THE PHILIPPINES should continue offering “globally competitive” fiscal and non-fiscal incentives to attract more foreign investments that could boost the economy, the Philippine Economic Zone Authority (PEZA) chief said, after a business process outsourcing (BPO) firm decided to give up these perks to keep its current work setup.

“A major source of attracting investors is our globally competitive fiscal and non-fiscal incentives like the ease of doing business and in lowering the cost of doing business especially in our economic zones,” PEZA Director-General Charito B. Plaza said in a mobile phone interview with BusinessWorld.

“(The government) must attract huge capital investments to the country with zero or the least tax to create multiplier effects to the economy, total development and social progress,” Ms. Plaza said. “Those huge capital investments will develop our lands, bring in new technology, create thousands of jobs and livelihood, grow micro, small, and medium enterprises (MSMEs), more businesses, and industries as suppliers of raw and manufactured materials, others as the utilities, facilities and service providers to the principal and sub-industries.”

The PEZA chief’s comments came after the Finance department’s statement on the decision of BPO firm Concentrix to give up its tax perks in exchange for a continued hybrid work setup.

Finance Assistant Secretary Juvy C. Danofrata last week said that the company’s decision shows these incentives are “not that important to investors doing business in the Philippines.”

Ms. Danofrata, who also heads the Fiscal Incentives Review Board (FIRB) secretariat, added that this move also validates the Finance department’s policy thrust to avoid granting “unnecessary” perks due to its impact on government revenues. The FIRB monitors the tax breaks granted to registered businesses.

She added that some BPO firms have been enjoying these incentives “for a long time.”

For her part, Ms. Plaza said the FIRB’s stance is “sending wrong signals that the government is only after taxes.”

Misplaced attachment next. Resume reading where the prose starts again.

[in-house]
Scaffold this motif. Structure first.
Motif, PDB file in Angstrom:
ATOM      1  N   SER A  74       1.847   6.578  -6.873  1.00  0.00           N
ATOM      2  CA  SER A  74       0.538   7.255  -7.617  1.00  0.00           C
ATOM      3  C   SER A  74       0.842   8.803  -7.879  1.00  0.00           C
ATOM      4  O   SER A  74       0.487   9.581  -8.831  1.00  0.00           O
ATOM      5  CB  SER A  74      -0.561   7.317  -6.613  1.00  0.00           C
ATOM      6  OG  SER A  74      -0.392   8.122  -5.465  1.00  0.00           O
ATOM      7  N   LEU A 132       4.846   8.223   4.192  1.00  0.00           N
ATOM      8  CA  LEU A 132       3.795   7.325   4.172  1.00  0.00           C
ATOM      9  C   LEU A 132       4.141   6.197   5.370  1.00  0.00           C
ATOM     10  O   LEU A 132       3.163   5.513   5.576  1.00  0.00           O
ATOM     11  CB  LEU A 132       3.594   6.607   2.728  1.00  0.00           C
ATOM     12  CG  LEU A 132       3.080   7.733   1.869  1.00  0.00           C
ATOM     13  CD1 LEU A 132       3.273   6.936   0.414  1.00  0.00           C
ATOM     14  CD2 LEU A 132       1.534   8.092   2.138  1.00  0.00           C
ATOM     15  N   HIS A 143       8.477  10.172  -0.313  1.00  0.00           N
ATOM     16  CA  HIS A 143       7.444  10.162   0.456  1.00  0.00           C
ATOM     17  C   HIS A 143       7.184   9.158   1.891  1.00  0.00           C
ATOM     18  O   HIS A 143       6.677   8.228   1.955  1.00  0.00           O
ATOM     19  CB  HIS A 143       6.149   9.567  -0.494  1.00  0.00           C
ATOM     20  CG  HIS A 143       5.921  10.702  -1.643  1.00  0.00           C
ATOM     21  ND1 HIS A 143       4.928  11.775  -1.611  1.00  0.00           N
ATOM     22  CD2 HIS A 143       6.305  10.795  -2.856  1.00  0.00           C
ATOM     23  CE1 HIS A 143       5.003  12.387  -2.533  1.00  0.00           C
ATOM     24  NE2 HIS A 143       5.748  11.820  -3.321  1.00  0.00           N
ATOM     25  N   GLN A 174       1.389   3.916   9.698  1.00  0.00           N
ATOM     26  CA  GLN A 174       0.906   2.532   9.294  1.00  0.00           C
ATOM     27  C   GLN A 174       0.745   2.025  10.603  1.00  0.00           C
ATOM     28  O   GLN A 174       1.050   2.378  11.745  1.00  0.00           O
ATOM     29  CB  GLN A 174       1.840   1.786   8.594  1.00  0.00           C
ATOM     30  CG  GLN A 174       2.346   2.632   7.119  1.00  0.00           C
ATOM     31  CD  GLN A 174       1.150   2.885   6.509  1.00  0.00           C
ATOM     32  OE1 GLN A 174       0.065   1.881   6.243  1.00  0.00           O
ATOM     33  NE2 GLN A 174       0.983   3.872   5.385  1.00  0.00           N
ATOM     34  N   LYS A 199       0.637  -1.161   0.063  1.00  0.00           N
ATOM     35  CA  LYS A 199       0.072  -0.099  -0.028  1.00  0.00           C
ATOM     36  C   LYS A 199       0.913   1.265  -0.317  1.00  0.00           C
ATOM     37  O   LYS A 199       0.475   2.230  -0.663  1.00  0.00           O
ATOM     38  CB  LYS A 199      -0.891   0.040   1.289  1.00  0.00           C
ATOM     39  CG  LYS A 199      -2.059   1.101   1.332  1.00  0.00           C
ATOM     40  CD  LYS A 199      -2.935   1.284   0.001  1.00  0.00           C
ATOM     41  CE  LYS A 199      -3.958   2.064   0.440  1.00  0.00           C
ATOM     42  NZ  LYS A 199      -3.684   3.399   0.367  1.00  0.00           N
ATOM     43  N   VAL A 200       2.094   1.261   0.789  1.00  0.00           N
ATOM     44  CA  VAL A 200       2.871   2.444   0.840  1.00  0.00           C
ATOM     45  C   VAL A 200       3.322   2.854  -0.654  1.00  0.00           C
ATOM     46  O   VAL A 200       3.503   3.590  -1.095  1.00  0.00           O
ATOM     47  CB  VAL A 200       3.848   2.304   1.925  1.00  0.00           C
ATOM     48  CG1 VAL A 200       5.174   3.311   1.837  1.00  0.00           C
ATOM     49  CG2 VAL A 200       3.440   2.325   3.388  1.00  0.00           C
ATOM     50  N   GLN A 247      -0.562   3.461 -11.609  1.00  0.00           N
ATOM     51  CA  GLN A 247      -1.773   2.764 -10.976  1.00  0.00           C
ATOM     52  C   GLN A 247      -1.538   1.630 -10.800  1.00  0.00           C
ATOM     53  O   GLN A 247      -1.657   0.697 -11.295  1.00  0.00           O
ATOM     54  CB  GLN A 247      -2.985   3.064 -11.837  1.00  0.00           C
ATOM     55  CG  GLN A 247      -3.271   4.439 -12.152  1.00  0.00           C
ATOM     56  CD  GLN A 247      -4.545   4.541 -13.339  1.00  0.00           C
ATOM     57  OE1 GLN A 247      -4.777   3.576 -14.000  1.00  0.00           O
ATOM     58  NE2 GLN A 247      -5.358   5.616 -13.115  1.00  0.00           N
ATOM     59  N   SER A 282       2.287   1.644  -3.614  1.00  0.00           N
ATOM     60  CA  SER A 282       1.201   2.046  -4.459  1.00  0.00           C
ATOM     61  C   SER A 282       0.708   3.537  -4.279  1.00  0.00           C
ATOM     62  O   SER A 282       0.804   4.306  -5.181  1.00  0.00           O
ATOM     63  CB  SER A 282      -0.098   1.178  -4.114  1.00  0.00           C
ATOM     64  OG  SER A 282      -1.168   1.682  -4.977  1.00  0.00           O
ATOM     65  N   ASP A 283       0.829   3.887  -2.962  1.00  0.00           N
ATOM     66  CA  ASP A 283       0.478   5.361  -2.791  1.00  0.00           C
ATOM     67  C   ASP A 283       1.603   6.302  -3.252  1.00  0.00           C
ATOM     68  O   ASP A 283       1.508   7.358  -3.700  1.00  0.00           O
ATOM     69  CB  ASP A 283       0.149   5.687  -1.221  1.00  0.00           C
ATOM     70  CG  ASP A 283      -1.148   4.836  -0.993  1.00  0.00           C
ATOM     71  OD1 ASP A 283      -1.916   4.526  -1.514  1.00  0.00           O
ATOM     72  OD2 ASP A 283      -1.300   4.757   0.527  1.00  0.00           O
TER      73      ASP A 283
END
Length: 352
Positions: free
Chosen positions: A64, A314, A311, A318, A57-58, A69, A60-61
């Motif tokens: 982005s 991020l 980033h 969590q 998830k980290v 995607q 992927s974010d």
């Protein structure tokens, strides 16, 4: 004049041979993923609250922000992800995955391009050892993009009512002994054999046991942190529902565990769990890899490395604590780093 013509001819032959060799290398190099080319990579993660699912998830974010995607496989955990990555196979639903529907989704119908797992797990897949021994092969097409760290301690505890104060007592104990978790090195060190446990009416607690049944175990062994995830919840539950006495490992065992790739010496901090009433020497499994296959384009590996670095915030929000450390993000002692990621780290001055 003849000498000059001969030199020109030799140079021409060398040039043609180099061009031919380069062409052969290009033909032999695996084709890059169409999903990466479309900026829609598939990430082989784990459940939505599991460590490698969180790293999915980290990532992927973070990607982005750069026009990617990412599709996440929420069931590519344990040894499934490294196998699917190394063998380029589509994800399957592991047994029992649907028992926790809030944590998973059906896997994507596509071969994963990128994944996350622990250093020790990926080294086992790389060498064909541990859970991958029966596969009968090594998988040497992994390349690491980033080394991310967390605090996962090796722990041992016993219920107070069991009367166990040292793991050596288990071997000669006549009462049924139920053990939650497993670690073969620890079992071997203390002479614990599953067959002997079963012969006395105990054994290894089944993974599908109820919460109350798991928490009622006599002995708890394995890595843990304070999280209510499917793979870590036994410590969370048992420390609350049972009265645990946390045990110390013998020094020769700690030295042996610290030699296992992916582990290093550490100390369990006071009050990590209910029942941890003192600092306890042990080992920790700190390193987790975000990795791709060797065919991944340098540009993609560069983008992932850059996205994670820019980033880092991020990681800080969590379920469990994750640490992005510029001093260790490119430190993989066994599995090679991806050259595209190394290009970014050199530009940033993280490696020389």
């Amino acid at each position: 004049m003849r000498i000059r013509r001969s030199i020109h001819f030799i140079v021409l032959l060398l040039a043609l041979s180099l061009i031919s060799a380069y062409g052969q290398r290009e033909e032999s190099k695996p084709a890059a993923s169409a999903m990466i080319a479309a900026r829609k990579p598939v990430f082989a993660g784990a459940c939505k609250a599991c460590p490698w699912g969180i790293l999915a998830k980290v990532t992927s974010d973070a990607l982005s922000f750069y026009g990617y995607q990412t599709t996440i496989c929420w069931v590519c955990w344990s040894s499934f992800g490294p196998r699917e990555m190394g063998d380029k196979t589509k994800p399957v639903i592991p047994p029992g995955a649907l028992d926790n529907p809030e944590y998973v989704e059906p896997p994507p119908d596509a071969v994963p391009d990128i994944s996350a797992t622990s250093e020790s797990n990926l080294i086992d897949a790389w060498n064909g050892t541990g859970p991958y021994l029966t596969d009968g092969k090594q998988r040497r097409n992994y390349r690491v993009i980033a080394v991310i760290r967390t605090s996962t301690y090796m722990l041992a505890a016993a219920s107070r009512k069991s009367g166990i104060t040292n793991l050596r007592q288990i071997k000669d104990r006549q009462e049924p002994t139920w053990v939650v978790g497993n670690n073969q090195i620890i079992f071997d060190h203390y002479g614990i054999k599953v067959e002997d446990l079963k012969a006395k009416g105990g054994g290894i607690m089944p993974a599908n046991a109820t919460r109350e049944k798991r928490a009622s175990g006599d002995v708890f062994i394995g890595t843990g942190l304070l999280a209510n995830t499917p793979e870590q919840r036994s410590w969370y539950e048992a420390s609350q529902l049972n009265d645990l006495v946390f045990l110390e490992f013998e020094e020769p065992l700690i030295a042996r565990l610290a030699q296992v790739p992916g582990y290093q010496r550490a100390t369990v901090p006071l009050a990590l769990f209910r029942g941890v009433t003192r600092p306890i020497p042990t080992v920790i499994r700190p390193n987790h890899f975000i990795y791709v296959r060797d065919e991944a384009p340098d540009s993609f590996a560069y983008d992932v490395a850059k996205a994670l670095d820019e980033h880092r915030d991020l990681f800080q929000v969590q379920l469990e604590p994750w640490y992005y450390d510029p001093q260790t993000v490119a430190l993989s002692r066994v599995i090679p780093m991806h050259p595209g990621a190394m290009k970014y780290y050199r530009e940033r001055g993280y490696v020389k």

“Successful economies use strategies that provide both fiscal and non-fiscal incentives and even provide subsidies to investors. Foreign direct investments and multinational companies who have branches in many countries of the world weigh the efficiency factors that contribute in lowering the cost of production, of profitability, and in doing business,” Ms. Plaza said.

Incentives granted to BPO companies located in economic zones are tied to how much work they perform on-site. The on-site work rules were eased during the pandemic, but the relaxed regime expired in March, mandating all businesses to implement a 100% on-site work arrangement in order to keep their incentives.

On the other hand, the PEZA is allowing its registered firms to implement a 70% on-site and 30% remote work arrangement until Sept. 12, or the end of the declared national state of calamity, as long as they apply for letters of authority.

Under the Corporate Recovery and Tax Incentives for Enterprises (CREATE) law, companies registered with investment promotion agencies like the PEZA are eligible for perks like an option to pay a 5% special corporate income tax in lieu of other taxes, an income tax holiday, and enhanced deductions.

These incentives are subject to compliance with Section 309 of the Tax Code, which requires that the company’s business must be conducted “within the geographical boundaries of the zone or freeport” in which the project or activity is registered. — Revin Mikhael D. Ochave